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New research conducted by insurance firm, AXA Insurance, has discovered that future elections will be greatly influenced by Britain’s growing number of private renters. A noticeable boost from previous elections, 53 per cent of private tenants voted in 2017, which would rise to a turnout of 69 per cent should a snap election be called in 2018. The study questioned 2,000 renters across the UK, and claims there is widespread financial anxiety among tenants, which will be likely to fuel increased political engagement. 72 per cent of tenants questioned admitted to suffering from financial anxiety, defined as affecting their health, relationships or sleep. This exceeds the high level of anxiety experienced by the population of Britain, which is at 68 per cent on average.

The biggest cause for this anxiety was their lack of ability to save enough money for a deposit for a home, which accounted for 59 per cent of tenants questioned as part of the survey. A further 30 per cent of tenants claimed bills, tenure insecurity and debts contributed to their anxiety. As of August 2018, a tenant renting privately could expect to save around £102 each month, on average, with a quarter of tenants unable to save anything. The biggest factor appears to be gender, as female tenants on average save around a third less each month than men. Scotland and Wales are also areas were lower savings are achieved, as monthly provisions fell to £60 and £84 respectively.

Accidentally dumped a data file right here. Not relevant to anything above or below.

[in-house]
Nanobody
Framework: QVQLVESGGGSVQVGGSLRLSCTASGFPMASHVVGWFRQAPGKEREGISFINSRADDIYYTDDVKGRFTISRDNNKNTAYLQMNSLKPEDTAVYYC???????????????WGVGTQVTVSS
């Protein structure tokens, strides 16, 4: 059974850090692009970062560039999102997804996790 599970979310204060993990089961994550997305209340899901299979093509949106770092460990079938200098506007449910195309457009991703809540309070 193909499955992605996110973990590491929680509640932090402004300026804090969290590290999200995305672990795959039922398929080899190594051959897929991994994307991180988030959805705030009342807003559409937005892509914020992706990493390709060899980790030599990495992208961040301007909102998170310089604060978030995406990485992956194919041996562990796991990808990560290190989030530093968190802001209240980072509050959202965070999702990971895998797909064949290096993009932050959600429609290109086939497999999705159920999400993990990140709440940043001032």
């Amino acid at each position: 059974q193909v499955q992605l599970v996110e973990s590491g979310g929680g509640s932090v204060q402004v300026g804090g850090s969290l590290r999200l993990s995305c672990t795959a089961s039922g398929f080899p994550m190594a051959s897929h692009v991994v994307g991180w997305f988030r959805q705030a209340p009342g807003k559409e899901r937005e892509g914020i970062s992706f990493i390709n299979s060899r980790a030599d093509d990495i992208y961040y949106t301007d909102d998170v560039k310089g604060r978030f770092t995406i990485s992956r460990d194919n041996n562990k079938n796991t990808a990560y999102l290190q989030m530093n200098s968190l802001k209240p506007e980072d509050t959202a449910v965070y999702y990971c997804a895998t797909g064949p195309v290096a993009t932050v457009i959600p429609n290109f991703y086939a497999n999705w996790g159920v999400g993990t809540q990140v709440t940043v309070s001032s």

As a result of this, around two thirds of renters below the age of 35 are considering cheaper options instead of renting, with the majority considering a move back to their parent’s property, at 28 per cent. Sub-letting, moving to non-traditional homes such as outhouses or motorhomes, and caretaking property were also emerging popular solutions for tenants.

AXA Insurance claims that any measures which help tenants save more money are likely to have most resonance when voting takes place in the future. Rent controls linked to average incomes or inflation is the most popular proposal for solving the UK’s housing crisis among renters, and was mentioned by 69 per cent of tenants surveyed. Raising the taxes for private landlords, however, was preferred by only 8 per cent of tenants.

There are concerns that rent controls do not work, and many tenants currently renting are unaware of their effect when last introduced in the 1980s. When controls were introduced in the private rented sector, it went from supplying 90 per cent of housing for the population, to only 7 per cent. When rent controls come into effect, the amount of available housing drops significantly, with conditions within properties deteriorating dramatically. Successive governments, agents and landlords have worked hard over the past 30 years to improve rental property conditions, and many feel that rental controls would be a significant step backwards. To bring rent prices down, a concerted effort in house building would increase stock to meet ever-growing demand.

There are no current plans to introduce rent controls, and the government has begun consultation on introducing three-year minimum tenancies. This was greeted with an unenthusiastic response, and when asked, 62 per cent of tenants claimed they would prefer a tenancy agreement of a maximum of one year.

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